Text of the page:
The amazing thing is that the material can reproduce. The bacteria remain alive for several weeks, and become active when exposed to high temperature and humidity. Cut a block in half, place it in a warm container with more raw materials but no additional microbes, pour into a mold, and create more concrete. Each block can spawn three new generations of blocks, obtaining eight descendants.

A concrete expert at a university in Scotland is excited about the prospect of this new way of making concrete.

This ability to reproduce and flexibility in raw materials is seen as a huge advantage for construction in remote areas. Concrete homes on Mars some day?

I just discovered that something went awry and this is not being published on its usual Saturday.

https://www.nytimes.com/2020/01/15/science/construction-concrete-bacteria-photosynthesis.html

Exploring Patagonia

Today I should be in Patagonia. I am writing this before we leave.We are on schedule to view the Perita Merino Glacier about now. It is located in the Los Glaciares National Park in southwest Santa Cruz Province, Argentina. It is one of the few glaciers according to Wikipedia that is stable, accumulating as much ice as it loses each year. I don’t know how current the information is.

Perito Moreno Glacier

My daughter was excited about seeing the Magellanic penguins. I find them fascinating as they waddle in their little tuxedos.

 

Earlier in our trip we were scheduled for hikes near the Andes Mountains in Torres Del Paines. The area is noted for its breath taking scenery and terrible weather that can change rapidly. We’ve packed rain gear.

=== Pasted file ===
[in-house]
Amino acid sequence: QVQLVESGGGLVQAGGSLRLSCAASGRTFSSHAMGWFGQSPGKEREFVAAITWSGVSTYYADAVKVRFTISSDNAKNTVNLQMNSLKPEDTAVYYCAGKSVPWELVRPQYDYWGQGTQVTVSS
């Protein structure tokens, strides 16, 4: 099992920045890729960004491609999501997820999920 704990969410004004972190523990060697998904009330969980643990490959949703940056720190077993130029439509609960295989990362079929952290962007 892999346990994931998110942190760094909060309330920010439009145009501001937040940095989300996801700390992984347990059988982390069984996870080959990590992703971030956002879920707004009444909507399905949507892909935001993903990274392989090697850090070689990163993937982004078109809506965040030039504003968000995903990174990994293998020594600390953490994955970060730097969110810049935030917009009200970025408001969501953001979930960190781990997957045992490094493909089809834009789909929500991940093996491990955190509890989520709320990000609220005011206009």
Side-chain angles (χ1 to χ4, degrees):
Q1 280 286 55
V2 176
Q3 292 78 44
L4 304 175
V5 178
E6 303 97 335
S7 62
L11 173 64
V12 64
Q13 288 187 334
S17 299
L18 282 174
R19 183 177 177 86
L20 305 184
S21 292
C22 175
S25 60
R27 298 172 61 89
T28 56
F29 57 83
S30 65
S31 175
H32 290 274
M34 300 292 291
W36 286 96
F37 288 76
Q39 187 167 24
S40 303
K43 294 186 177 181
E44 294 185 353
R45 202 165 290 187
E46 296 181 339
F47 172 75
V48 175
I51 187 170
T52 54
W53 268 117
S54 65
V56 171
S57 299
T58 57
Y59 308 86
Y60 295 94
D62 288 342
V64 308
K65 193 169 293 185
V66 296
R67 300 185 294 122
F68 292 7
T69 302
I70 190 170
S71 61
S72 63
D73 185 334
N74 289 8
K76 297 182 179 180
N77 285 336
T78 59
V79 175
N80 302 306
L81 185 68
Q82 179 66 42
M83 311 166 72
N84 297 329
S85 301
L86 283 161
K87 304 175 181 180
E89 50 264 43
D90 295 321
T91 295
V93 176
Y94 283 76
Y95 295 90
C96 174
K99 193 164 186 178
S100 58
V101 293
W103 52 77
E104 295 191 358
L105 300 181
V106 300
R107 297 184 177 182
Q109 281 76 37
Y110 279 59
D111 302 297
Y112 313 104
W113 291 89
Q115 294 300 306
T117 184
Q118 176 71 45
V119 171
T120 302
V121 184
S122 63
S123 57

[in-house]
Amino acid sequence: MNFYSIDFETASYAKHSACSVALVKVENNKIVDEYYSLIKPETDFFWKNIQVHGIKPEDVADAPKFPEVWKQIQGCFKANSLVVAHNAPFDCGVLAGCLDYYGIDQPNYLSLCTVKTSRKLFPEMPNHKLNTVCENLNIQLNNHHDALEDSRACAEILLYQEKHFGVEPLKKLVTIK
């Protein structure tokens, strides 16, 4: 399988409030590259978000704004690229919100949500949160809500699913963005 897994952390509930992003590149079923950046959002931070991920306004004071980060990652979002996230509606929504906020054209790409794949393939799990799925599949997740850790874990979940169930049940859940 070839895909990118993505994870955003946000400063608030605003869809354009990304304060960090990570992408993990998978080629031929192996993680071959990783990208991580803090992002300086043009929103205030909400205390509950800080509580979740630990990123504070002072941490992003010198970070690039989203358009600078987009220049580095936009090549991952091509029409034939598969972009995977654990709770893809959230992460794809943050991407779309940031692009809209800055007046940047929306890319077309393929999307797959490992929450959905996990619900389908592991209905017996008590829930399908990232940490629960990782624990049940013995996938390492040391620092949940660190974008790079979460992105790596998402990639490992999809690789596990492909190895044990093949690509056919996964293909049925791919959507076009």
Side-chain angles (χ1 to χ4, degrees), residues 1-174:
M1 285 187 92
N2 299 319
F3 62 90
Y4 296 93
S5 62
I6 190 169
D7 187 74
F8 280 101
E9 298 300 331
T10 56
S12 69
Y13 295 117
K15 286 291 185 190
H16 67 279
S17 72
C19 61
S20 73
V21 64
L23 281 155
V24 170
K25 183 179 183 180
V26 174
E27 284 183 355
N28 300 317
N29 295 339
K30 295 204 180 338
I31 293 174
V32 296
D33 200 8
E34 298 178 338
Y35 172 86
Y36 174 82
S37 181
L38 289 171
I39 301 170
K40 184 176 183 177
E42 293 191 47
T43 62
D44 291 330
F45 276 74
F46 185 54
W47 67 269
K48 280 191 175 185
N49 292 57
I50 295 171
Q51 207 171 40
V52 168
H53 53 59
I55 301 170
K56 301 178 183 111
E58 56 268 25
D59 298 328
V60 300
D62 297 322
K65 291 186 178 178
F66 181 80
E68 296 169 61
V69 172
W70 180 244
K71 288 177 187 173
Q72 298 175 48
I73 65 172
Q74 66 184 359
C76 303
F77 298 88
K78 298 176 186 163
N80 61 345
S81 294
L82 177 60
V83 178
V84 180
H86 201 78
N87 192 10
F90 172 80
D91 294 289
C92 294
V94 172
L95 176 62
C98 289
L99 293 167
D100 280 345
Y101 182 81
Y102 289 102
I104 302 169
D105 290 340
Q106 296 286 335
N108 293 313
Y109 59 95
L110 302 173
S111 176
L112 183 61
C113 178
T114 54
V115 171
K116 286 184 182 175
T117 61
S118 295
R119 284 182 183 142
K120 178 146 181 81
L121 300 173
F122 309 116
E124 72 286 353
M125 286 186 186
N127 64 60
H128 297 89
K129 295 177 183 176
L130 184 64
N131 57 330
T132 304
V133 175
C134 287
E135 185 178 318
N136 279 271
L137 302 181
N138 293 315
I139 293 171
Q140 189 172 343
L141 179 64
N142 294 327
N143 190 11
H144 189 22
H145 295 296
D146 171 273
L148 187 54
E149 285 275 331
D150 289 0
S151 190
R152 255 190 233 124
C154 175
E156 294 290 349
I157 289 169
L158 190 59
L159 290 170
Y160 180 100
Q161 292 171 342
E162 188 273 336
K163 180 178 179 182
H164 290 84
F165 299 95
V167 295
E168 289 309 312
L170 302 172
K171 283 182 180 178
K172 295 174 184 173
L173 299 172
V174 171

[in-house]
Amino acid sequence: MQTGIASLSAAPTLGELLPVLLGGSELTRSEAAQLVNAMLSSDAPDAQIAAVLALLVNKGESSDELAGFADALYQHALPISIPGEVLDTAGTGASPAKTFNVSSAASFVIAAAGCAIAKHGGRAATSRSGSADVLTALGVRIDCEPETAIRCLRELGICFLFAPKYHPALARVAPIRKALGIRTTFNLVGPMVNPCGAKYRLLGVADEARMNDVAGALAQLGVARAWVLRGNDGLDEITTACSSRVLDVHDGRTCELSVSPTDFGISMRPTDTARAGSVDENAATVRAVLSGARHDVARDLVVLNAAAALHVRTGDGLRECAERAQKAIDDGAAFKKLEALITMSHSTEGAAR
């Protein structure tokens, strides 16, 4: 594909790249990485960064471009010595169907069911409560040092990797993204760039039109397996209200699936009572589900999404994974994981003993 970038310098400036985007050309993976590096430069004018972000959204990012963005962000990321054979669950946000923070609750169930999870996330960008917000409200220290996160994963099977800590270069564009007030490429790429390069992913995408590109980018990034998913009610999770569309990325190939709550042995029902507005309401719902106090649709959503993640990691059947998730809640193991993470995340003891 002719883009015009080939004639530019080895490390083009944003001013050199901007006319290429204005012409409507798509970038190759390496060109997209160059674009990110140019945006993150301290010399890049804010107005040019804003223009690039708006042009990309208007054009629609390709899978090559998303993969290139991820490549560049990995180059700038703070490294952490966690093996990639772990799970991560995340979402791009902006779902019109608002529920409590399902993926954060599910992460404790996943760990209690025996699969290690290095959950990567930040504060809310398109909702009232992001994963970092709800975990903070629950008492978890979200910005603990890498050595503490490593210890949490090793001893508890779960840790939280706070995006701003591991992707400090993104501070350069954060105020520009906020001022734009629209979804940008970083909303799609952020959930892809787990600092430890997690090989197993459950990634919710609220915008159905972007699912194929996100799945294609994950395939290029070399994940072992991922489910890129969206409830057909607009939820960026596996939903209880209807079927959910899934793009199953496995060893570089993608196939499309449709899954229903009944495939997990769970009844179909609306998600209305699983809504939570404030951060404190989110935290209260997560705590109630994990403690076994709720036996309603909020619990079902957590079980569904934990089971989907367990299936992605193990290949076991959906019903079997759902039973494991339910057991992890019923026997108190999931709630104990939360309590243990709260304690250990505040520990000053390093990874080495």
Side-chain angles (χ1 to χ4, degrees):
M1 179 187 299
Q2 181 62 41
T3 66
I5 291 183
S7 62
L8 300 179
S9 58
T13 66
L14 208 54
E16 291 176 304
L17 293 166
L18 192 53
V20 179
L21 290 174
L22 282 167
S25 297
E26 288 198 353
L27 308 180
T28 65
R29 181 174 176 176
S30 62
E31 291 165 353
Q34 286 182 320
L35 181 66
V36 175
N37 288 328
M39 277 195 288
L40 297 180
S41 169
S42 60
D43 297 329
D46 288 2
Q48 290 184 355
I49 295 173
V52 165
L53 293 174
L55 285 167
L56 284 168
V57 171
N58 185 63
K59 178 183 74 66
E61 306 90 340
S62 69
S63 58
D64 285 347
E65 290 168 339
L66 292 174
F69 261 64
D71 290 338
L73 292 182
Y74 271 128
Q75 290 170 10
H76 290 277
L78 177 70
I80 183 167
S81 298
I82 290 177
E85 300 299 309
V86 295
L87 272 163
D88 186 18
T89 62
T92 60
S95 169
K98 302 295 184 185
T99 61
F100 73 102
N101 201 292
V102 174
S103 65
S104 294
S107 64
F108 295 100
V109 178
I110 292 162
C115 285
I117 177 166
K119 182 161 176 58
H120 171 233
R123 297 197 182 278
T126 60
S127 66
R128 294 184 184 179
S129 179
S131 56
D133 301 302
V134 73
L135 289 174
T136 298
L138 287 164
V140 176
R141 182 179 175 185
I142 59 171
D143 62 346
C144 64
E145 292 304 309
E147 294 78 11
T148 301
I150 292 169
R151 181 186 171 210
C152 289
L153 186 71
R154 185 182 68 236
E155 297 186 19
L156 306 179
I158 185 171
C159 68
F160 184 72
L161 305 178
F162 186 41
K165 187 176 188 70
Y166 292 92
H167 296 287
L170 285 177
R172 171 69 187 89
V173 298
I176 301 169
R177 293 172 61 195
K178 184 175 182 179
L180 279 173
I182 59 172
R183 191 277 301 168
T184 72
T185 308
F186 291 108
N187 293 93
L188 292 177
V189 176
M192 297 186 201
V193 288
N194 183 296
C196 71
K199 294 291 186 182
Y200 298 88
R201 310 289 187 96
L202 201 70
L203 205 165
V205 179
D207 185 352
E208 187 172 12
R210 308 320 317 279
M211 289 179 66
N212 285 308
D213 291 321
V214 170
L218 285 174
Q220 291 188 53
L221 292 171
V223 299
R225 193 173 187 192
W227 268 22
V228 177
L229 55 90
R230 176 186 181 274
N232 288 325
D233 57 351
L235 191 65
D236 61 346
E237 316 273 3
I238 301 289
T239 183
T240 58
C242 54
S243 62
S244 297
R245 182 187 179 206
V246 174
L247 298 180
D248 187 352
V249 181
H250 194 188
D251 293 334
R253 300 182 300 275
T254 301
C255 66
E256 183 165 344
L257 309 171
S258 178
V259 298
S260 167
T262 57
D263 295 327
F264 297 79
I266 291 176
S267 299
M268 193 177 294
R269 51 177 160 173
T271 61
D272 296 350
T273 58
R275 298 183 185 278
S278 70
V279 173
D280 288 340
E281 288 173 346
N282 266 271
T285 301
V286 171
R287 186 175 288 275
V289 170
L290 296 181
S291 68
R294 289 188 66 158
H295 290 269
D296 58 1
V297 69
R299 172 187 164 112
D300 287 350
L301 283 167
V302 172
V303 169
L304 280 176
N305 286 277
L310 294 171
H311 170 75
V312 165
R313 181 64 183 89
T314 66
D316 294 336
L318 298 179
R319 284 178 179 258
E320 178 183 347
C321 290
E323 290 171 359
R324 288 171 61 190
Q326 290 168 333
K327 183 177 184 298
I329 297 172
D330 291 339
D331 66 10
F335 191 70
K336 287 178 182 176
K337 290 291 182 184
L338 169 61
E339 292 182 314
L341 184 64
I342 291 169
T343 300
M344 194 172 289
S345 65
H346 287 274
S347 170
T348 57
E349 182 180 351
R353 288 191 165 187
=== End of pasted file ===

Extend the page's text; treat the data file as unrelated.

2019: The year the Climate Denial Bear Stopped Hibernating

End-of-2019 reports a decline in the number of climate change skeptics. Some have directly experienced the disasters such as drought, floods, wild fires, and hurricanes, which dominated the news much of 2019 and the last decade. A study by the NY Times in January 2019 states that 73% of Americans believe that

 

Earth is warming and 62% understand that humans are mostly responsible. This is up 10% in both cases in a few short years.

Prior to that in October 2018 an IPCC report began to shake the sleeping bear. Climate scientists had discovered that dire consequences were happening sooner than they predicted and that serious action needed to happen within 12 years to keep Earth from overheating by 1.5 to 2 degrees centigrade. We are expected to hit 3 more degrees if serious change is not made. The number of degrees may sound small, but consider the Earth as having a fever, where a few degrees is huge. Some scientists fear a snowball effect, an ironic metaphor. Many catastrophes gain momentum as they continue.

One teenaged girl from Sweden in particular listened along with many other youth. I received a book of Greta Thunberg’s speeches in my Christmas stocking. Each one calls for adults to listen to the scientists and scolds inaction. The youth, who have the most to lose, conducted climate strikes worldwide while emissions continued to rise along with the number of disasters.

We have had the technology and the science to make the necessary changes for some time. Now, I’m hoping we have the political will.

https://www.ebrd.com/news/2019/2019-the-year-the-world-woke-up-to-climate-change.html